Three years after the near collapse of the international banking system and as it faces new instability, the governments of the Group of 20 leading economic powers (G20) must focus on the underlying, systemic causes of the current financial crisis. A first step should be the enforcement of measures to ensure financial transparency.
A free-market cannot flourish when rules of fair play are perverted by the corruption and legally-condoned tax cheating that has resulted from 30 years of de-regulation, liberalization and increasing financial secrecy provided by tax havens.
As the living standards and job prospects of billions of people suffer, the fundamental injustice of the current financial system has led to the groundswell of anger represented by the 'Occupy' movements around the world. Many of the ill effects currently suffered by ‘rich country’ economies have been endured by the developing world for decades.
Some progress towards fairness and repair has been made. For example, OECD initiatives such as the Global Forum have increased the amount of tax monies received by governments. This is a welcome but all too rare glimmer of progress; the G20 needs to embrace a much more progressive agenda. The Task Force on Financial Integrity and Economic Development therefore urges G20 members meeting in Cannes this week to introduce policies that would bring an end to the secrecy that enables tax cheating and corruption.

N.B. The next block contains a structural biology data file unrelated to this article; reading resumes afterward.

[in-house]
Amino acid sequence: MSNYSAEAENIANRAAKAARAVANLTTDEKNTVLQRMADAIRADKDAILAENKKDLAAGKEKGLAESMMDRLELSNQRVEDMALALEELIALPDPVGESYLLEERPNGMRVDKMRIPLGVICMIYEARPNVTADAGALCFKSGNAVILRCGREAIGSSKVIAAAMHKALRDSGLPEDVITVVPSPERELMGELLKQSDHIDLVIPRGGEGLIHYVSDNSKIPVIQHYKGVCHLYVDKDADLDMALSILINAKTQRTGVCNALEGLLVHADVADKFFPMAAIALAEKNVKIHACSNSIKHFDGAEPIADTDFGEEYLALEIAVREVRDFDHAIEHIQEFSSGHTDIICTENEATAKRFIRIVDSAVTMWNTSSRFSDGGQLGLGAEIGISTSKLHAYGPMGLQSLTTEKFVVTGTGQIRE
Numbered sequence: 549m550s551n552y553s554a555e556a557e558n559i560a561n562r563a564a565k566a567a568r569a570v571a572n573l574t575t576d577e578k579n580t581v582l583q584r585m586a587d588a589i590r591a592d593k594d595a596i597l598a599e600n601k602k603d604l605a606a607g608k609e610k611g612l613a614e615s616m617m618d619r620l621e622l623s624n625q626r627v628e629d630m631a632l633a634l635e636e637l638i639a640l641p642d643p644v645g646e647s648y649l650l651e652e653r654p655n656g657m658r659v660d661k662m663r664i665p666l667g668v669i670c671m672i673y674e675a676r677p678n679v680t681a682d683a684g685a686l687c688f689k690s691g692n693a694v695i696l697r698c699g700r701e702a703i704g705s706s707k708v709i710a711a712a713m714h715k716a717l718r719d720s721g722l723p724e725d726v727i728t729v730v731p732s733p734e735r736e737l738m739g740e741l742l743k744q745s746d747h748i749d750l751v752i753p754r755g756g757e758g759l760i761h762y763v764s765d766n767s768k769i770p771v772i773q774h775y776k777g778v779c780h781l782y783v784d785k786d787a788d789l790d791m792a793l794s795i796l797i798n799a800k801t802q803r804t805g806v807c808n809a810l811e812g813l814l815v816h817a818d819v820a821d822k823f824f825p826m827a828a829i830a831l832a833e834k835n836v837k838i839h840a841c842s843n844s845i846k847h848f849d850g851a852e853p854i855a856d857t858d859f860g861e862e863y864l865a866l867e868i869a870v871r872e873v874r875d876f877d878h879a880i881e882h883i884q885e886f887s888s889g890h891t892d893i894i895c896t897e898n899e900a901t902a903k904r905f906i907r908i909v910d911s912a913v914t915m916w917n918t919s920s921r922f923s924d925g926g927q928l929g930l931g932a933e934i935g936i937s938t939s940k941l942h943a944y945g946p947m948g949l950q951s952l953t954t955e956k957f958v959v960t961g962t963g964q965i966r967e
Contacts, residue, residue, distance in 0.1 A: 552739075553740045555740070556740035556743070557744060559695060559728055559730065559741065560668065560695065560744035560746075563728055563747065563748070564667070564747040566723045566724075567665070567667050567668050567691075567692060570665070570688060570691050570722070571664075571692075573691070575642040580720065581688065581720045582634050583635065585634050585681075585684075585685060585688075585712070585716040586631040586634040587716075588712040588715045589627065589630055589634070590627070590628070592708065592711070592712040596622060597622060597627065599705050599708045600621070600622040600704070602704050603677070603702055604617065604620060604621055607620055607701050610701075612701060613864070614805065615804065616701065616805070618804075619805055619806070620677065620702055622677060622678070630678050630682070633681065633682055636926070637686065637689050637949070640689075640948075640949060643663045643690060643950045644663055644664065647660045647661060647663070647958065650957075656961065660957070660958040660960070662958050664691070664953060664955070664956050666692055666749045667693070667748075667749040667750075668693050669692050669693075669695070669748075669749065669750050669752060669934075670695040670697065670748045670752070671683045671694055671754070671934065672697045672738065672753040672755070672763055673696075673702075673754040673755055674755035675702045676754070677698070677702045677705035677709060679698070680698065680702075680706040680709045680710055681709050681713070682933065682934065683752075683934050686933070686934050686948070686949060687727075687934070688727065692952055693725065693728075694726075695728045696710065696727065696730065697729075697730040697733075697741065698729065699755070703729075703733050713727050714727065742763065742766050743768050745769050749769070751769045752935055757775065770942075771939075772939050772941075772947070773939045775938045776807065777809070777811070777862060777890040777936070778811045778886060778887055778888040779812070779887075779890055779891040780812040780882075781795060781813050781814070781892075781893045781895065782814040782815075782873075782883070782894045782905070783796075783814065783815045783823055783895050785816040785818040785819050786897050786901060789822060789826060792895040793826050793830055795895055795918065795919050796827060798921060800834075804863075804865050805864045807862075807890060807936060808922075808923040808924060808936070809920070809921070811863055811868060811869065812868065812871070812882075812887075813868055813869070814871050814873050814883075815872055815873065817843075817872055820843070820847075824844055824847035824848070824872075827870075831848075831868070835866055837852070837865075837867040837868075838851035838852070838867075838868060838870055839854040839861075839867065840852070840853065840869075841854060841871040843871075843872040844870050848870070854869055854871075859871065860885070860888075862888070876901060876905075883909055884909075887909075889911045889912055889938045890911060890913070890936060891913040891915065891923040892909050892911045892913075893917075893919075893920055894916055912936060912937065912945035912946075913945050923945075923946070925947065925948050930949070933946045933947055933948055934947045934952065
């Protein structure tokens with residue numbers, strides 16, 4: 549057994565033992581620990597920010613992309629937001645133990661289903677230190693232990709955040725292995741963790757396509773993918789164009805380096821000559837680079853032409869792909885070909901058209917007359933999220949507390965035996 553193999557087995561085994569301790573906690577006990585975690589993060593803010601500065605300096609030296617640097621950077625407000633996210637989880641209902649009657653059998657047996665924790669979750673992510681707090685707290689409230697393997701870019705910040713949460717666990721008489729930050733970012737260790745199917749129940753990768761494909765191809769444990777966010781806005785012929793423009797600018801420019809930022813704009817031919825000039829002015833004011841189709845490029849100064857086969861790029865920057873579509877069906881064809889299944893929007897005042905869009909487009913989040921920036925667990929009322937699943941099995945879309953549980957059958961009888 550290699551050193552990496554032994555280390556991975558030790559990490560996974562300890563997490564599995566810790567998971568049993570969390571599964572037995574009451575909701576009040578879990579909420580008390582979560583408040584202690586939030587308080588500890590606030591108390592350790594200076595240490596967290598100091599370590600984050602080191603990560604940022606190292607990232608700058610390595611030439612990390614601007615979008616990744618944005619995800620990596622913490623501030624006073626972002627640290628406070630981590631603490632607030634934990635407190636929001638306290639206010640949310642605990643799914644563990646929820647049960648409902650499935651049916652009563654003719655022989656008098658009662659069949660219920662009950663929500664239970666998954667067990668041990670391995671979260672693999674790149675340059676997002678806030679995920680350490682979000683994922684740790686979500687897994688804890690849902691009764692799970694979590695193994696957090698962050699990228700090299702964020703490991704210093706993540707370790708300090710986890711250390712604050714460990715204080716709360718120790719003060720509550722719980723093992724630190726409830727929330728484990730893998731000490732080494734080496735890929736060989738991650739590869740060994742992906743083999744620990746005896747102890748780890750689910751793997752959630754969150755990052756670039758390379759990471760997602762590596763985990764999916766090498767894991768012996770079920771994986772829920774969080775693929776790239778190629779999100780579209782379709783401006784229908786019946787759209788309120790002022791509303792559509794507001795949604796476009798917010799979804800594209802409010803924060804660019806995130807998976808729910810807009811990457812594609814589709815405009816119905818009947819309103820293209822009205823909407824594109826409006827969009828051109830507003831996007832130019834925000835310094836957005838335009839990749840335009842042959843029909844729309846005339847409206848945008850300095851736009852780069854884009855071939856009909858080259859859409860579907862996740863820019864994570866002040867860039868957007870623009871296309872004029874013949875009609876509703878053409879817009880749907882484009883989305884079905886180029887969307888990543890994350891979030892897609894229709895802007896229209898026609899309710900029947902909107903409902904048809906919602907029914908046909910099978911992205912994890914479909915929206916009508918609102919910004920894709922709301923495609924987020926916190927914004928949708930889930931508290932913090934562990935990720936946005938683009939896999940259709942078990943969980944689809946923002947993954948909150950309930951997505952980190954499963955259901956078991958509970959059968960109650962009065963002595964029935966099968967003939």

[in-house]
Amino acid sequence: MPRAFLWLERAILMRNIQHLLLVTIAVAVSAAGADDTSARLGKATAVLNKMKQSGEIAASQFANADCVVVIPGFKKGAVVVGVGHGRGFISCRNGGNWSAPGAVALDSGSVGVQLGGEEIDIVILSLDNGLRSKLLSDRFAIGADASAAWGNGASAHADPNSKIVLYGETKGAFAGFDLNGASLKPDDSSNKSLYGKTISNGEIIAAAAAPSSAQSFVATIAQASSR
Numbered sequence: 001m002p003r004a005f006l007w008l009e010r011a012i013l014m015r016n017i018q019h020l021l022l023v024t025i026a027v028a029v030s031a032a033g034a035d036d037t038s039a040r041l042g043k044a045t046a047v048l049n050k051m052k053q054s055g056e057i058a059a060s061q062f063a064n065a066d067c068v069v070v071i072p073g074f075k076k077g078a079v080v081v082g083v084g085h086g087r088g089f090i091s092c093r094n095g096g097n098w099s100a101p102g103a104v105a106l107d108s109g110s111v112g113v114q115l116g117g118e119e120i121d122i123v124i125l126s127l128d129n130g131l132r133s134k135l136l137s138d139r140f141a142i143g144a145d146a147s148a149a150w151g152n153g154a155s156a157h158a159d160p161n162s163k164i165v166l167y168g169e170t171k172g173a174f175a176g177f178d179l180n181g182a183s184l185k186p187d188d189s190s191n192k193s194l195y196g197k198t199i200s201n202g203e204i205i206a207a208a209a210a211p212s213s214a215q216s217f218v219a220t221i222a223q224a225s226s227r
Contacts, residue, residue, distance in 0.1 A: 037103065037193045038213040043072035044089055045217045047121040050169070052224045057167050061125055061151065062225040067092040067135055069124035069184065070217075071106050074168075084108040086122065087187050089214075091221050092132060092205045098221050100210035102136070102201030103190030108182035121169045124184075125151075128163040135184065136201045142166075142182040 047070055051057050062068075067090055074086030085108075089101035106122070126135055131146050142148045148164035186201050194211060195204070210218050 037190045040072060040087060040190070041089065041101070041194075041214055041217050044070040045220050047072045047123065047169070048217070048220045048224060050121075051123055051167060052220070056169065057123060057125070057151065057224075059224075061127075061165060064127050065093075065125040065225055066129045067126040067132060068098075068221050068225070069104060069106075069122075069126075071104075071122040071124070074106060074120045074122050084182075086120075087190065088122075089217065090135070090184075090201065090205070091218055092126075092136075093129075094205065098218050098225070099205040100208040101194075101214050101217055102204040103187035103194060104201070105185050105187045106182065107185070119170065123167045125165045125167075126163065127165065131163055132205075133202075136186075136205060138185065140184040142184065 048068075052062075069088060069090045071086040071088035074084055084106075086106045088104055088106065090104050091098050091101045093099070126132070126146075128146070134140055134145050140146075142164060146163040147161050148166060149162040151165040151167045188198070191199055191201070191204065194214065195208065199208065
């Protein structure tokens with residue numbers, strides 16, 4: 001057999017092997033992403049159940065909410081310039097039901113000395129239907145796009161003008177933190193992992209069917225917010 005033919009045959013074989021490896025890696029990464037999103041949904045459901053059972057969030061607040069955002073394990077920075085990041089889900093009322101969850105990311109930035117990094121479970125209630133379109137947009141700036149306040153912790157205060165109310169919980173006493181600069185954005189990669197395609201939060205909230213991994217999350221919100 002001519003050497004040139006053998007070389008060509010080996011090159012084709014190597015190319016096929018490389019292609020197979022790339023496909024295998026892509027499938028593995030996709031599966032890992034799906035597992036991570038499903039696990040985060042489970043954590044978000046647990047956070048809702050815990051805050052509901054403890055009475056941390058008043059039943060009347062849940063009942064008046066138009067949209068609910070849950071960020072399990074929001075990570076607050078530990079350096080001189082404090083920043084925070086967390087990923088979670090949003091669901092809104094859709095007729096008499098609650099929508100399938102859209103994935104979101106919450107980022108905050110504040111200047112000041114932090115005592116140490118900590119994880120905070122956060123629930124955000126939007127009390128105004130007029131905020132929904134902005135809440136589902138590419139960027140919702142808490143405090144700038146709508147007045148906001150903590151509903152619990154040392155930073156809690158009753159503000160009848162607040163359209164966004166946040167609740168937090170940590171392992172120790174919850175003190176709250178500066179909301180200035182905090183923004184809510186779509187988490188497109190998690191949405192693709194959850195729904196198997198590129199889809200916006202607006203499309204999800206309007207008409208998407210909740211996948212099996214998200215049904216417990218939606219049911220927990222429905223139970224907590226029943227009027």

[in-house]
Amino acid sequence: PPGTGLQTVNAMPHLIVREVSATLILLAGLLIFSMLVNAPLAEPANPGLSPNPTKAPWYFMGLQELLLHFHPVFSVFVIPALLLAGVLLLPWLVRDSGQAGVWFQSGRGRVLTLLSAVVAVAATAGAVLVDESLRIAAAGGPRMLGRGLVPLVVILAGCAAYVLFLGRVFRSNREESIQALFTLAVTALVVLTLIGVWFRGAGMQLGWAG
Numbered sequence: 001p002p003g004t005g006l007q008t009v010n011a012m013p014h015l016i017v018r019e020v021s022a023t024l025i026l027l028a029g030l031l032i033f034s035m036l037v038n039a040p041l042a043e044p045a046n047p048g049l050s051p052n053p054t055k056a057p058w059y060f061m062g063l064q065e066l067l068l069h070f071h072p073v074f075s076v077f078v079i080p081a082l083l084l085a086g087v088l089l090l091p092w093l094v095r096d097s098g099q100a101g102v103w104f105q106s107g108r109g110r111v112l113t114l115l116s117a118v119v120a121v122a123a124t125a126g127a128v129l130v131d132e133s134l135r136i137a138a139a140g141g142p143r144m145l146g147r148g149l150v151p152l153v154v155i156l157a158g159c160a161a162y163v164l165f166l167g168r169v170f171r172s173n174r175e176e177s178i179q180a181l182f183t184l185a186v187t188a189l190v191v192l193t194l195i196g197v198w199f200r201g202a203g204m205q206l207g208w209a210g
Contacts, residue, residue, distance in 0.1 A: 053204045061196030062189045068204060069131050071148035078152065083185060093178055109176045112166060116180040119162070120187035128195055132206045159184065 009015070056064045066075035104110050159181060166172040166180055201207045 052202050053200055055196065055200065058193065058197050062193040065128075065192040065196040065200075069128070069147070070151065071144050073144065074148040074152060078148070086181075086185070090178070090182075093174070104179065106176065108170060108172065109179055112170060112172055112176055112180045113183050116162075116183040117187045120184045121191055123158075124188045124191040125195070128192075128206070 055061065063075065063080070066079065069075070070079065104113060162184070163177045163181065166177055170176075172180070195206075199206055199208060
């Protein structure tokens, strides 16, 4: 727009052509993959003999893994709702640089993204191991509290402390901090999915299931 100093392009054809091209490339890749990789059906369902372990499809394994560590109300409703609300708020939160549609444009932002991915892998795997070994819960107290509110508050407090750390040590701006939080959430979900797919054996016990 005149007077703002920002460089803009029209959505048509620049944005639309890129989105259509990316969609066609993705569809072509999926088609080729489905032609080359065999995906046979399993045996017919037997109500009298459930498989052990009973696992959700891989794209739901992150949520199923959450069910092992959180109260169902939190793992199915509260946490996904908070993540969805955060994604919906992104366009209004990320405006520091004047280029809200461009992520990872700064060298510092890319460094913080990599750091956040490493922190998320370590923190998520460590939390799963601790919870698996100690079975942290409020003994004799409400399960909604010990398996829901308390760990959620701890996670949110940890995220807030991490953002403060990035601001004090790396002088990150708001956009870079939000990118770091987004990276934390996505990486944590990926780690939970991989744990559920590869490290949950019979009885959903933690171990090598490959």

Such measures include:
- automatic international exchange of tax information, making tax evasion much more difficult;
- disclosure of beneficial ownership and control of companies and trusts, so that international financial exchanges may be properly monitored and taxed;
- strengthening and proper enforcement of anti-money-laundering laws to prevent banks accepting stolen government funds and facilitating tax evasion;
- full operational, financial, income and sales tax information of companies’ performance in every country it operates in, to ensure that taxes are being paid where they are due instead of being minimized or voided via tax havens.
It is time for the G20 to act decisively and make real change. Without firm indication this week that transparency and economic justice measures are on the table and with a clear sense that they will be implemented, the Task Force believes the G20 will be maintaining a corrosive financial system that has failed millions.
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